In 2014, Nasdaq Dubai is set to exceed the volume of sukuk (Islamic bonds) listed on the exchange last year. The growth will help the bourse in its quest to become the leading venue to list Islamic bonds, as well as supporting Dubais aspirations of becoming a hub for sharia-compliant finance.
Yet Nasdaq Dubai faces competition from other international exchanges and finance hubs, all vying for a larger share of the growing sukuk market. To ensure long-term growth, the exchange will have to broaden its capabilities and offer a wider range of products.
To date this year, the bourse has listed $8.2bn-worth of sukuk, compared with the $6.1bn listed in 2013. The growth in listings has helped maintain Dubais position as the third-most active venue for sukuk listings. But competition is getting tighter. London is looking to further raise its profile in the Islamic finance world, with the UK government having conducted an investor roadshow in the Gulf in mid-June for its forthcoming debut sovereign sukuk issuance.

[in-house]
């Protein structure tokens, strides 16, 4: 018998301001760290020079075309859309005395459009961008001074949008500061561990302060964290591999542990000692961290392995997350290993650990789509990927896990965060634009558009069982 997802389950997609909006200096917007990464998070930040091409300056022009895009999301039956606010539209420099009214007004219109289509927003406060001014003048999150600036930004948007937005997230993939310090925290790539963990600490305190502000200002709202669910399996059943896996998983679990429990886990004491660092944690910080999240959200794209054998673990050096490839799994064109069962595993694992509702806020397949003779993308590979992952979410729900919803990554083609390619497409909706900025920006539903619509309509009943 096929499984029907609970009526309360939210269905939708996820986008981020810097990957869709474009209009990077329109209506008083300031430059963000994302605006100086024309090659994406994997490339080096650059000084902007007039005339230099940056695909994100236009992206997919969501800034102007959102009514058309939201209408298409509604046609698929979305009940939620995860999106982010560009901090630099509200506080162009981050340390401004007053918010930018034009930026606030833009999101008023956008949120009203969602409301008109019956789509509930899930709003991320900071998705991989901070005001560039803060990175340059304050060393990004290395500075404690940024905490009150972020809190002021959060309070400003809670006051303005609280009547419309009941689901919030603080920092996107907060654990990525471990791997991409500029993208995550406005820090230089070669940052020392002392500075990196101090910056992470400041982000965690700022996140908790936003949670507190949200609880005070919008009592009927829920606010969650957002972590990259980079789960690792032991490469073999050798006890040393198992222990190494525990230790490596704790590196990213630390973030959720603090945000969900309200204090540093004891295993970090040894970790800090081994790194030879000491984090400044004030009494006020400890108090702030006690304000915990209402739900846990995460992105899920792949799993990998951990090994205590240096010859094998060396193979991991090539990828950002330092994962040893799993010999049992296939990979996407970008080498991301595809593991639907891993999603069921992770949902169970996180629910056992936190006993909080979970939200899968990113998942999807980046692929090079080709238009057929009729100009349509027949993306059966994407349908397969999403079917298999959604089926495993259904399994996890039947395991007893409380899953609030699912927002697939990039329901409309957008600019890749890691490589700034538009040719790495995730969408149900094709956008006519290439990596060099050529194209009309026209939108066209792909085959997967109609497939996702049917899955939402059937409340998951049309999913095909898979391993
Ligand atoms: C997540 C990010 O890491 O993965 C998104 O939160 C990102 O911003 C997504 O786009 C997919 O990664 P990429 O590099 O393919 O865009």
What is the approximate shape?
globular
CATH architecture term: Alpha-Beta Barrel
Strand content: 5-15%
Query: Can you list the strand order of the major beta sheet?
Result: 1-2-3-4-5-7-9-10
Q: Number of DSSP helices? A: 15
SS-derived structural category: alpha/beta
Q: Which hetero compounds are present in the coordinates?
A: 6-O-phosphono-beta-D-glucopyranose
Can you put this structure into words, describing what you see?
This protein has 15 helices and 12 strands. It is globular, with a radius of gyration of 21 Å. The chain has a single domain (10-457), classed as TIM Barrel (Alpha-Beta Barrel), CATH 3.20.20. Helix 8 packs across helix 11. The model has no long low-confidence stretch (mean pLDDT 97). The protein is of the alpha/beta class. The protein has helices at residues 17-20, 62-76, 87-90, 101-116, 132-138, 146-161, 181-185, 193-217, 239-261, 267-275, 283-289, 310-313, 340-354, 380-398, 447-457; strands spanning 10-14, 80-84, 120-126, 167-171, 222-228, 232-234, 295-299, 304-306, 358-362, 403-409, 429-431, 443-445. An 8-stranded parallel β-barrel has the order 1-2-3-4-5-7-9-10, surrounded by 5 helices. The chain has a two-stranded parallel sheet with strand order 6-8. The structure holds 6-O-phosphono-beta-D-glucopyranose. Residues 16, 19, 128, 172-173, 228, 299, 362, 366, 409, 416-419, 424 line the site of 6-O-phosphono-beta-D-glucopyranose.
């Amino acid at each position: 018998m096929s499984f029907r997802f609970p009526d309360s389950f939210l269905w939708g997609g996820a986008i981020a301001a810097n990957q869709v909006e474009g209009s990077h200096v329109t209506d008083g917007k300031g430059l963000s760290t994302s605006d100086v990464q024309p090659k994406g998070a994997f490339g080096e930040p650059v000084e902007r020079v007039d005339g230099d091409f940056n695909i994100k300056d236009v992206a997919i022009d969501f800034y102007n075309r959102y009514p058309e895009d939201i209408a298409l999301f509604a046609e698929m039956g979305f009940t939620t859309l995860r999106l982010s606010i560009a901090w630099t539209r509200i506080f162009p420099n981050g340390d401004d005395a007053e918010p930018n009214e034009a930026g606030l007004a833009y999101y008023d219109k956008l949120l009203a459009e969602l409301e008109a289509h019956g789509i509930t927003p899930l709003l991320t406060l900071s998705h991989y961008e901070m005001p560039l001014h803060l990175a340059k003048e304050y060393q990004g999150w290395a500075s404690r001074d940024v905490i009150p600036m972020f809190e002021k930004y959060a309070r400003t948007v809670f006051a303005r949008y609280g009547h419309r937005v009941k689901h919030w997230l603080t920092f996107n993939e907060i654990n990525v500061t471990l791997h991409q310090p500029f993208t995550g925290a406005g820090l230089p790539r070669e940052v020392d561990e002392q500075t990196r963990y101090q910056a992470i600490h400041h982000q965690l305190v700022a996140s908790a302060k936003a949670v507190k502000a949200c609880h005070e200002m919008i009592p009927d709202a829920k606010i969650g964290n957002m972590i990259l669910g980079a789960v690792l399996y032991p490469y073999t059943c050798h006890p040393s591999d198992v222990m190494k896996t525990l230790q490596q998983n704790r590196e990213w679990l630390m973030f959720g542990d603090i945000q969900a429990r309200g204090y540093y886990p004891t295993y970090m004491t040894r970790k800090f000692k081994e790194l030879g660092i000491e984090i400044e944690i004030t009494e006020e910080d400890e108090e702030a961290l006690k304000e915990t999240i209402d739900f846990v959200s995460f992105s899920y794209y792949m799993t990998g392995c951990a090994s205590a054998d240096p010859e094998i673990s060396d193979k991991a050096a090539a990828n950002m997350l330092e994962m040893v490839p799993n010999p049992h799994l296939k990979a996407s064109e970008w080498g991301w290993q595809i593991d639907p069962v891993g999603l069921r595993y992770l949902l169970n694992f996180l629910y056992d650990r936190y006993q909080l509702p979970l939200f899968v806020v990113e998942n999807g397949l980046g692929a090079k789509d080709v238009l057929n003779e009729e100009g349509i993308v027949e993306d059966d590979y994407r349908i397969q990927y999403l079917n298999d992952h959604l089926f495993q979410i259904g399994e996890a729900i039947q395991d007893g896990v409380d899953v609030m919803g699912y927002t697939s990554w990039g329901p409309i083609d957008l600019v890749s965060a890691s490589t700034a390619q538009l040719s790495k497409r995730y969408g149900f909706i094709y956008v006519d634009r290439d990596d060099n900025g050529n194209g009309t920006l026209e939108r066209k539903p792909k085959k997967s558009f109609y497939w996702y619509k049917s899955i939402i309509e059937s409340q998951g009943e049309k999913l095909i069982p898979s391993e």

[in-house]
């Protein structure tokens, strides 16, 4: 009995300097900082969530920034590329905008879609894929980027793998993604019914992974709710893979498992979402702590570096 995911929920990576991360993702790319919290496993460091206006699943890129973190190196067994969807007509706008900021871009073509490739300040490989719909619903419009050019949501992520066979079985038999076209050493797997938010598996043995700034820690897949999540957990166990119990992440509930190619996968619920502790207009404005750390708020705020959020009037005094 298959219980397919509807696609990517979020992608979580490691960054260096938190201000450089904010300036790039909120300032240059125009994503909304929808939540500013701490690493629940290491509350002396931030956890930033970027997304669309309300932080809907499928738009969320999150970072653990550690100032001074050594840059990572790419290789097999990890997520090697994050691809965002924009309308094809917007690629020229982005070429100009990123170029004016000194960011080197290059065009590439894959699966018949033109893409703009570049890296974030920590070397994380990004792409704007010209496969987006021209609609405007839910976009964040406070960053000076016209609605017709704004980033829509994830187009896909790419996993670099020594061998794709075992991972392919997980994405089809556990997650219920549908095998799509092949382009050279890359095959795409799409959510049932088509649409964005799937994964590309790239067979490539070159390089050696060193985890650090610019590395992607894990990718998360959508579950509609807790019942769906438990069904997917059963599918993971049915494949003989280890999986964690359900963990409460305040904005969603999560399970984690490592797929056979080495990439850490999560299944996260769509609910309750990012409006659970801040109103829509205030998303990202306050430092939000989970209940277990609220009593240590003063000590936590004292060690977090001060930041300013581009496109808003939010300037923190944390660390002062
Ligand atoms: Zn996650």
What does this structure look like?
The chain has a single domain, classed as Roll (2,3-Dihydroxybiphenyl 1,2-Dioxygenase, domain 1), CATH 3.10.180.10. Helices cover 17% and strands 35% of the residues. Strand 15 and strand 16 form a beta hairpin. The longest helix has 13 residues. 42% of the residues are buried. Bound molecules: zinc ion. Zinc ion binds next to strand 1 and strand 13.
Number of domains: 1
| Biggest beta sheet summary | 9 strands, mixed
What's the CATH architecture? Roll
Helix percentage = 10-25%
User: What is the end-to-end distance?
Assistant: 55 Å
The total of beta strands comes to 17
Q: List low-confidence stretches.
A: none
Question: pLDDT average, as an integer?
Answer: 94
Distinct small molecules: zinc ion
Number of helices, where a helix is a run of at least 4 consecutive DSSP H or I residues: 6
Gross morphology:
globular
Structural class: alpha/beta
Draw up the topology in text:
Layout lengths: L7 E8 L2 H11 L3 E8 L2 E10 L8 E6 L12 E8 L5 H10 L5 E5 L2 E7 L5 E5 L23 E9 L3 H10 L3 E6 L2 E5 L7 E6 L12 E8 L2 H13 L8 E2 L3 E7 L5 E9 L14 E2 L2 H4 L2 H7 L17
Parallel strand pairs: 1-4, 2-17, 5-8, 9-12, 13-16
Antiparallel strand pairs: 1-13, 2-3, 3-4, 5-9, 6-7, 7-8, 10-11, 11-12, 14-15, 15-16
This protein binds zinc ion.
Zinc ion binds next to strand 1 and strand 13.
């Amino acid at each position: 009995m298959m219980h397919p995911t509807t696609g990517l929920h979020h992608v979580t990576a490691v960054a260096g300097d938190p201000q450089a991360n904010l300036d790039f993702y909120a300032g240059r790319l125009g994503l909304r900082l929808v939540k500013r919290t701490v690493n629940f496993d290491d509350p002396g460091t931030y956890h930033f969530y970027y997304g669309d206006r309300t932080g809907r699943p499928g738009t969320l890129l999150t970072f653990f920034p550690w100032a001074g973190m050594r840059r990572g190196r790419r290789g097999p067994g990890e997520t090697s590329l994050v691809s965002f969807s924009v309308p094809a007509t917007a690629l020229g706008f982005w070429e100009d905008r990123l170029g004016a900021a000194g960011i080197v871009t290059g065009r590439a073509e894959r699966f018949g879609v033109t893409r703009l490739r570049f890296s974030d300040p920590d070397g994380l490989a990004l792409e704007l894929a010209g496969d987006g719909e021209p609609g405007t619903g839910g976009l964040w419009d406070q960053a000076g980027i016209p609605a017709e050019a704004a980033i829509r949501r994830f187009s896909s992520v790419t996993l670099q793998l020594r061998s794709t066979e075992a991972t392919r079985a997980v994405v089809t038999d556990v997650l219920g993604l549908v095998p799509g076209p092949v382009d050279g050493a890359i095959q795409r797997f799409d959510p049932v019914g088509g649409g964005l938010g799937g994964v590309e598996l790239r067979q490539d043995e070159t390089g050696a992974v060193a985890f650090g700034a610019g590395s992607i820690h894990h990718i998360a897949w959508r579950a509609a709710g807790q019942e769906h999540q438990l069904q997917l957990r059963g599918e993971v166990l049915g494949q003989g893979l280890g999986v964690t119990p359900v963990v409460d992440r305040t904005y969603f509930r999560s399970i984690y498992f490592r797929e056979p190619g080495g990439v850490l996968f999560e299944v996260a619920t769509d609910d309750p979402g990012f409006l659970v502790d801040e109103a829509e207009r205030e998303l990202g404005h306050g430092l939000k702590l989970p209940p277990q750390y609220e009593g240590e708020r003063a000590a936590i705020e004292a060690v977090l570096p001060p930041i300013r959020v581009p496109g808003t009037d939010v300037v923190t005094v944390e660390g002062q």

To keep attracting issuers and investors, Nasdaq Dubai has started developing new products. It is currently piloting a fixed-income trading platform for both bonds and sukuk as an alternative to traditional over-the-counter trading.
It has also created a sharia-compliant murabaha platform that could rival the London Metals Exchange as a means for Islamic banks to manage their short-term liquidity needs.
Hamed Ali, CEO of Nasdaq Dubai, told MEED he would like to open up the sukuk market to retail investors in the future. Such initiatives will help the exchange attract more sukuk issuers and investors to Dubai, helping the emirate compete on the international stage.